Wanting to code. Can't read calculus. Kinda stuck. Help?
As I spend more and more time coding (just as a hobby, mostly in C and C++,) I keep running into a specific limitation of mine. I'm totally fine with the math, both conceptually and programmatically, but I can't understand much of the research that's in (what looks to me like) calculus. For example, the Wikipedia page that talks about signal filters
talks about transfer functions, and points to the Wiki page on transfer functions
. That page makes no sense to me.
But, when someone explains something like filters through non-calculus means (for example, this page
uses English and flow charts), I can totally follow it and create code based on that explanation.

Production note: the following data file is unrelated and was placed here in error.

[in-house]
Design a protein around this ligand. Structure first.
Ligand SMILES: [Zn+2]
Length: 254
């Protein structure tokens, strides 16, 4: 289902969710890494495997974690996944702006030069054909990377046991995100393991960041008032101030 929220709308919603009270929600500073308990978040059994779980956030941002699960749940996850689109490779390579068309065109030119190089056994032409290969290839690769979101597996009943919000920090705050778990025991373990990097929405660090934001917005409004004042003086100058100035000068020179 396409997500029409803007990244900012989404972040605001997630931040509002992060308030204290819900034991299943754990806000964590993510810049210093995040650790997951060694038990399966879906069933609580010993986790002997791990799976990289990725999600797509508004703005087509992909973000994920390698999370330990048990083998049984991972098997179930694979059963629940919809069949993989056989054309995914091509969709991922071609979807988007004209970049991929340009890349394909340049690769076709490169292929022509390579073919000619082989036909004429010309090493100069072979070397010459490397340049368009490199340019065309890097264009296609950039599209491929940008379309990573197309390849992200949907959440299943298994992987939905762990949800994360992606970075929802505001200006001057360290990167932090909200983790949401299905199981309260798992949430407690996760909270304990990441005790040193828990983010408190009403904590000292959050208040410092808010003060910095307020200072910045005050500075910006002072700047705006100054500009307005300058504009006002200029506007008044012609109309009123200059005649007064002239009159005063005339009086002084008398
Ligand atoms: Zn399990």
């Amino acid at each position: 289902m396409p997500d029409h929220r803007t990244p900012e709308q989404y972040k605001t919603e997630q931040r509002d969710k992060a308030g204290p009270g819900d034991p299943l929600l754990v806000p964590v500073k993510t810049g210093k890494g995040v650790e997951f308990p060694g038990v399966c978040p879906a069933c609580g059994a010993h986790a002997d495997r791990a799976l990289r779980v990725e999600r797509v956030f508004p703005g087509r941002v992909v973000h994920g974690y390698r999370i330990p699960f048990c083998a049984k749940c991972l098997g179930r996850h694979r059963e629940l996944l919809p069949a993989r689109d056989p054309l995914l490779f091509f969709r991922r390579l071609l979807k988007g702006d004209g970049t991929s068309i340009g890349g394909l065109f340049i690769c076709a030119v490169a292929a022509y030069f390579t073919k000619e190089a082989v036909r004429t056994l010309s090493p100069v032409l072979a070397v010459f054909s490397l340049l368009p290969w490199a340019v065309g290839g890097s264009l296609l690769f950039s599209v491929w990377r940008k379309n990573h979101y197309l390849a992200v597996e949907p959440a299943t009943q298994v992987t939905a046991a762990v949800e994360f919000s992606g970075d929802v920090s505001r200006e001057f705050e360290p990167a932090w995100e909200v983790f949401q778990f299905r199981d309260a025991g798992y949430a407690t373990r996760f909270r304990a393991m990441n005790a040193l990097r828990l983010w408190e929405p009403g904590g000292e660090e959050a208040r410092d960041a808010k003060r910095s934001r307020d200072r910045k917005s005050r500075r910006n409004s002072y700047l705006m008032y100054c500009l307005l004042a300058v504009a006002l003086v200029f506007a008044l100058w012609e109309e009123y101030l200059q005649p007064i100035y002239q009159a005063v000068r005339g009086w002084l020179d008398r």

Some of the areas that I'm exploring aren't common enough to have English explanations of the calculus. So I'm stuck.
Is there a way to learn enough calculus to conceptually read it? I don't need to do any math in calculus. I just need to be able to understand what a function expects me to do with it. Basically, how to read a function so that I can implement the idea in code.
In case it isn't clear, I don't need code samples for filters. I have plenty, and that's not where I typically get stuck. I need resources on deciphering calculus functions.